7.75 linear feet
The papers of Lewis George Vander Velde date from 1855 to 1975 and comprise 7 and 3/4 linear feet of material. The collection is valuable for its documentation of the life of an historian and teacher. Vander Velde papers show a constant attention to, and interest in, Michigan local history. The Collection is arranged into seven series: Biographical Materials; Professional Files; University Class Notes and Lectures; Research Materials (Thomas M. Cooley); Family Papers; Personal Correspondence; and Miscellaneous.
0.3 linear feet — 1 oversize volume
The collection consists of a scattering of correspondence, photographs, and biographical material. Much of the collection is clippings and ephemera. There is, however, a diary for 1920 which includes Vandercook's notes on "red" raids of the 1920's and comment on Governor Alexander J. Groesbeck. Also of interest are some payrolls for Battery A of the First Field Artillery, also an Order Book.
0.5 linear feet (in 2 boxes)
The collection consists of correspondence and other professional materials, most relating to his research and other responsibilities at the University of Michigan. Of note are his Reports on automobile wheel tests for Hayes Wheel Company, 1923-1926, and a report on high strength aluminum alloys written during World War II.
2 linear feet (12 v. and 225 items) — 2 oversize volumes
The papers,1928-1950, of Hazel Vandenberg, wife of Michigan Republican Senator, Arthur H. Vandenberg; include diaries with descriptions of social activities and daily political life in Washington; included as part of diaries are newspaper clippings, photographs, programs, and other personal miscellanea; also scrapbooks,1928-1950.
1 linear foot
The Vandenberg Family papers, 1923-1965, and Washington, D.C.; include letters of Arthur H. Vandenberg with family members John and Barbara Bailey; also papers of Arthur H. Vandenberg, Jr., aide to President D. Eisenhower, largely concerning republican politics, 1948-1952, and the election of 1952. Correspondents include: Thomas Dewey, Dvight Eisenhower, and Nelson Rockefeller.
8 linear feet (on 11 microfilm rolls) — 25 volumes — 20 phonograph records — 1 film reel — 1 audiotape (reel-to-reel tapes)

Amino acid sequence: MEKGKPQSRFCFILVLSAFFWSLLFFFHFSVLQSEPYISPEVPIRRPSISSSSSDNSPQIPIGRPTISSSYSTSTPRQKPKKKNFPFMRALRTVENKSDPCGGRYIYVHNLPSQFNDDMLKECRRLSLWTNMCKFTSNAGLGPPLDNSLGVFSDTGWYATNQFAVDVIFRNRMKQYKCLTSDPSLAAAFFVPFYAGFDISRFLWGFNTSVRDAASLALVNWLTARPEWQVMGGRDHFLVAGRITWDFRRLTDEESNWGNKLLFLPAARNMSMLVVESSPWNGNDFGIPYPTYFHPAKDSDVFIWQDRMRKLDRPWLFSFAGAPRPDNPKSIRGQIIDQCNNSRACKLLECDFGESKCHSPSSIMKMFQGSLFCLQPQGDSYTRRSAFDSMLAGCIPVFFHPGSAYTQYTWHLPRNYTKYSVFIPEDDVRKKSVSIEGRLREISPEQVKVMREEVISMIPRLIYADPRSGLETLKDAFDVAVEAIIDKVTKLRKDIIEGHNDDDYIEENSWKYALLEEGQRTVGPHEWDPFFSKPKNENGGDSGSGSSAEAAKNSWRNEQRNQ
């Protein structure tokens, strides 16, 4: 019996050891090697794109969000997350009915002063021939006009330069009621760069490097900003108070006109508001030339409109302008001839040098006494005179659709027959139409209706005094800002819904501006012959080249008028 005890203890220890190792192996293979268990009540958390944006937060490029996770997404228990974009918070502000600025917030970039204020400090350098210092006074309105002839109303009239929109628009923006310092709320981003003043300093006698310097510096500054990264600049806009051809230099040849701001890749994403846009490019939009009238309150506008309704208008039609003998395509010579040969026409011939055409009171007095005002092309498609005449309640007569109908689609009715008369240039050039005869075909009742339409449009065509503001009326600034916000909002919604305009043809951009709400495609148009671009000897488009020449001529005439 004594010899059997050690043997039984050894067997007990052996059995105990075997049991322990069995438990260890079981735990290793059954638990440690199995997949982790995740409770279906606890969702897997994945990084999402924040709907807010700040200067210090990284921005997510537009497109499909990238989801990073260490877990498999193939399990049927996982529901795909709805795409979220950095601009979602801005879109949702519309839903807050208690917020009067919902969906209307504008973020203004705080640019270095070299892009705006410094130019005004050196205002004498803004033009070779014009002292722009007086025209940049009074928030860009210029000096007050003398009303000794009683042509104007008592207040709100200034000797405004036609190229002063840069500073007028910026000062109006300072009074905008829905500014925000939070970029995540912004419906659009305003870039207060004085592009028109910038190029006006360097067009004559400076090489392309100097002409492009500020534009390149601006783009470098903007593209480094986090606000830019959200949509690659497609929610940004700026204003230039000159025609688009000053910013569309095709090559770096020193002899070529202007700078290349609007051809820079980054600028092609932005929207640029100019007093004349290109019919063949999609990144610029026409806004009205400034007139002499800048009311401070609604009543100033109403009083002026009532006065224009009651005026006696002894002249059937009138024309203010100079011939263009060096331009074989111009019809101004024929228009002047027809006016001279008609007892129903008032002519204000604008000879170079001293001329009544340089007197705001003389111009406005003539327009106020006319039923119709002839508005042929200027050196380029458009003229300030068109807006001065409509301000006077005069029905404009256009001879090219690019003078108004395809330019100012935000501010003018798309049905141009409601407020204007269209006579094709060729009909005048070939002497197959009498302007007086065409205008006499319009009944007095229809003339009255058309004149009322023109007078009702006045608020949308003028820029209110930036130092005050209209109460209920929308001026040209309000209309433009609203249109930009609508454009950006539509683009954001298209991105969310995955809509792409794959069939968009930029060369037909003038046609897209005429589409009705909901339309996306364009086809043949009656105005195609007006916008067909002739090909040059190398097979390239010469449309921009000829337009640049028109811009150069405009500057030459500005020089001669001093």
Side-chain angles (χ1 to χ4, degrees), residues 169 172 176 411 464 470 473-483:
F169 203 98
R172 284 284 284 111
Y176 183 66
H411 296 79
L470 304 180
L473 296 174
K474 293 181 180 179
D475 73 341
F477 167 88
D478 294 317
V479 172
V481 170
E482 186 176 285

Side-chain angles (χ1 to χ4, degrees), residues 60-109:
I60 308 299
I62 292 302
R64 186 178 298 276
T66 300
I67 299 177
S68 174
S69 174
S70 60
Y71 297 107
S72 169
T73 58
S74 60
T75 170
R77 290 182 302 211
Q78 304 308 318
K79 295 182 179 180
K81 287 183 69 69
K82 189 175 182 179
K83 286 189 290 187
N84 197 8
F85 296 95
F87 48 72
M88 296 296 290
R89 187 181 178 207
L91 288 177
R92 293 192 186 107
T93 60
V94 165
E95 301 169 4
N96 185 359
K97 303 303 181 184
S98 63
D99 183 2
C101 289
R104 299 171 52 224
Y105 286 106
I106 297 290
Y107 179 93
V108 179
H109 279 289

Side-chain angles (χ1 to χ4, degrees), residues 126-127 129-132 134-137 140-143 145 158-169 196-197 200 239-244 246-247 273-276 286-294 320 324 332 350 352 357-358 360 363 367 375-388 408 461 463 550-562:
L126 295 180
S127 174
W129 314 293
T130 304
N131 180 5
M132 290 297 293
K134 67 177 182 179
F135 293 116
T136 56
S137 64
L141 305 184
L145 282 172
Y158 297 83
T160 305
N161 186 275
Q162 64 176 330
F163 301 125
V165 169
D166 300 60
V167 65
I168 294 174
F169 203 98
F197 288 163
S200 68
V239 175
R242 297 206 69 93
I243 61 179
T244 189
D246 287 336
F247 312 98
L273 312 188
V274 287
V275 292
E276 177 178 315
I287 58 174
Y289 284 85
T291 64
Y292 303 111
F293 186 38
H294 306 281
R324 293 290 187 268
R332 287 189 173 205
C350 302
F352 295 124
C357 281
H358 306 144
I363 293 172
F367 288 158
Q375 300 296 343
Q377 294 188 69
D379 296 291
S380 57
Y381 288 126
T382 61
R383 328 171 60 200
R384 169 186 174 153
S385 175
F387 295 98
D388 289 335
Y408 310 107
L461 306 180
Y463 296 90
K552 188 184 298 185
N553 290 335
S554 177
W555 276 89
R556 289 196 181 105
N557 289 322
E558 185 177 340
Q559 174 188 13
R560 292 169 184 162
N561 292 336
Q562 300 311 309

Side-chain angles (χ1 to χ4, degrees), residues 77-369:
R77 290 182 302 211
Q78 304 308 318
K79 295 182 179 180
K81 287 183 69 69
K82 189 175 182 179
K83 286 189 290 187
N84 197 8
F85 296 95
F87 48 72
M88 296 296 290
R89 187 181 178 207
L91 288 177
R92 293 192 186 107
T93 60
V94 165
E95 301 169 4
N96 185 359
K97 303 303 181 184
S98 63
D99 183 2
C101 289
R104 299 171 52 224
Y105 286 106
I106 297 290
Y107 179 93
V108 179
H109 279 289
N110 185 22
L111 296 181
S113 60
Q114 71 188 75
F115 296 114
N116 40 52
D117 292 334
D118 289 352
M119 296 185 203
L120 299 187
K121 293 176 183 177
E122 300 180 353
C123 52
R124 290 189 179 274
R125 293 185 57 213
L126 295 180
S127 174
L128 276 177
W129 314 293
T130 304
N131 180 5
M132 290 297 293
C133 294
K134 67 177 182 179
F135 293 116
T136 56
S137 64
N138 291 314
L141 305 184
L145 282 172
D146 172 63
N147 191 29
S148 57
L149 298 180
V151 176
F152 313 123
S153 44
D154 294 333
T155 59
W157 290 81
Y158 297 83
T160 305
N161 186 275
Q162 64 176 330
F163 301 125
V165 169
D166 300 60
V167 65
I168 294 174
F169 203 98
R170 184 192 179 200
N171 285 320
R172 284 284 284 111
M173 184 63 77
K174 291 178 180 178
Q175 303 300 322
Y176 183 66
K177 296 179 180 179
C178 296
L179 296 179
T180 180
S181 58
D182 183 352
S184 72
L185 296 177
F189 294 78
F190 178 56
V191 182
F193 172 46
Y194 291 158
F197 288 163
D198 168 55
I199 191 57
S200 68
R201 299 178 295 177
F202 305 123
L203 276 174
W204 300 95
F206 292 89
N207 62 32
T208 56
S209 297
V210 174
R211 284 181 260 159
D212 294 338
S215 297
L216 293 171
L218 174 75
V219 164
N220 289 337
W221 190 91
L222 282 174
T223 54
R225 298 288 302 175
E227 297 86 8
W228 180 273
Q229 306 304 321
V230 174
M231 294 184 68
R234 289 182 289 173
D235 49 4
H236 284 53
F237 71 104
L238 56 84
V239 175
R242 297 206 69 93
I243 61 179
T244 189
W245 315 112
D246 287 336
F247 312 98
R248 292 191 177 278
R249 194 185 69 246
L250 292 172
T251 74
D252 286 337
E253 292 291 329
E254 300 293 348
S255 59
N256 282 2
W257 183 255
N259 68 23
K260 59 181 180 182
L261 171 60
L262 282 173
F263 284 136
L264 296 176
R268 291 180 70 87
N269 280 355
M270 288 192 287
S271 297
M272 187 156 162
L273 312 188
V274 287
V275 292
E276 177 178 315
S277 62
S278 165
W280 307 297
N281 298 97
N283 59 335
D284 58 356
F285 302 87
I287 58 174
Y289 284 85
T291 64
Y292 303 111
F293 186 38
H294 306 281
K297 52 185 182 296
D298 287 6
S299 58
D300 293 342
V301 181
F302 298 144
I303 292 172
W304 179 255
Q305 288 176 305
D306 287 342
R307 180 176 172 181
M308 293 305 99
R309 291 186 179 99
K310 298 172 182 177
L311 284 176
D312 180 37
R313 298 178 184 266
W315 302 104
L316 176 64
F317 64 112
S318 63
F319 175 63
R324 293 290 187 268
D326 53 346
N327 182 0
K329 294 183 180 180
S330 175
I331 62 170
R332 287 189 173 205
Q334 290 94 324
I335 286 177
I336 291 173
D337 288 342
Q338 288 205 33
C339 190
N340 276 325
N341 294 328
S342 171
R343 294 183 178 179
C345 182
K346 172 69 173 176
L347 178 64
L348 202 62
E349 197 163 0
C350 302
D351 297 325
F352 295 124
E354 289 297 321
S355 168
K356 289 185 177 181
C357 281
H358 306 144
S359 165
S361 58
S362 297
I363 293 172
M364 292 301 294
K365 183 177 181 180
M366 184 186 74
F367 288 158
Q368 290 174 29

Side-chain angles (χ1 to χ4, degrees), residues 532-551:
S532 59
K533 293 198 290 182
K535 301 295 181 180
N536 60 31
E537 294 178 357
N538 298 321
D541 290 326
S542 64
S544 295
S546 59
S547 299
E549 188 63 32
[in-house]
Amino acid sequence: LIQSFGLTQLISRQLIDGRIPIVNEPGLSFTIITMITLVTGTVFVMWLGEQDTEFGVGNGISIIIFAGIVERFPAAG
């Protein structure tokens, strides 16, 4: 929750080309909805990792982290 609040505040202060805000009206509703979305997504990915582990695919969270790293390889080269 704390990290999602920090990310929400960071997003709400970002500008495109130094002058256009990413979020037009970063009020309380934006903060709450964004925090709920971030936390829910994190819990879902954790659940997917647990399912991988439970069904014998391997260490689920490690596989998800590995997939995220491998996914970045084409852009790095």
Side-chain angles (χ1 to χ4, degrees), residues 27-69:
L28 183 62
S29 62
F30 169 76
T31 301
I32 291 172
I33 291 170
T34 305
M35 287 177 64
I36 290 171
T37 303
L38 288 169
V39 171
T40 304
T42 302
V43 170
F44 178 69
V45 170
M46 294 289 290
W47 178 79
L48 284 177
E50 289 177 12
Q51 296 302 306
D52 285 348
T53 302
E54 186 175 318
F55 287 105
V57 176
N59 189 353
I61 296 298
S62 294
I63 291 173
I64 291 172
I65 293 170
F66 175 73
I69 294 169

The Arthur H. Vandenberg collection consists of 8 linear feet of materials (available on microfilm), 25 volumes of scrapbook/journals, and assorted audio and visual materials. The collection covers Vandenberg's entire career with a few folders of papers post-dating his death in 1951 relating to the dedication of memorial rooms in his honor in the 1970s. The collection is divided into four major series: Correspondence; Speeches; Campaign and Miscellaneous Topical; Clippings, Articles, and Scrapbooks; Miscellaneous and Personal; Visual Materials; and Sound Recordings.
1 volume — 3 envelopes
This collection consists of notes on lectures of Herbert F. DeCou in classical archaeology given in Rome, 1901-1902. It also contains various portraits and snapshots, including photos from archaeological excavations and travels; and photos of homes and activities in Michigan and Ohio.
21 linear feet
As a long-time observer of the Michigan conservation scene, Van Coevering collected a wide range of materials to document the history of hunting, fishing, and wildlife management, the development of state parks and forests, political development of the Department of Conservation and Conservation Commission, concerns about pollution and pesticide poisoning, and other conservation and environmental matters in Michigan. This collection is made up of his writings and background materials on all these topics.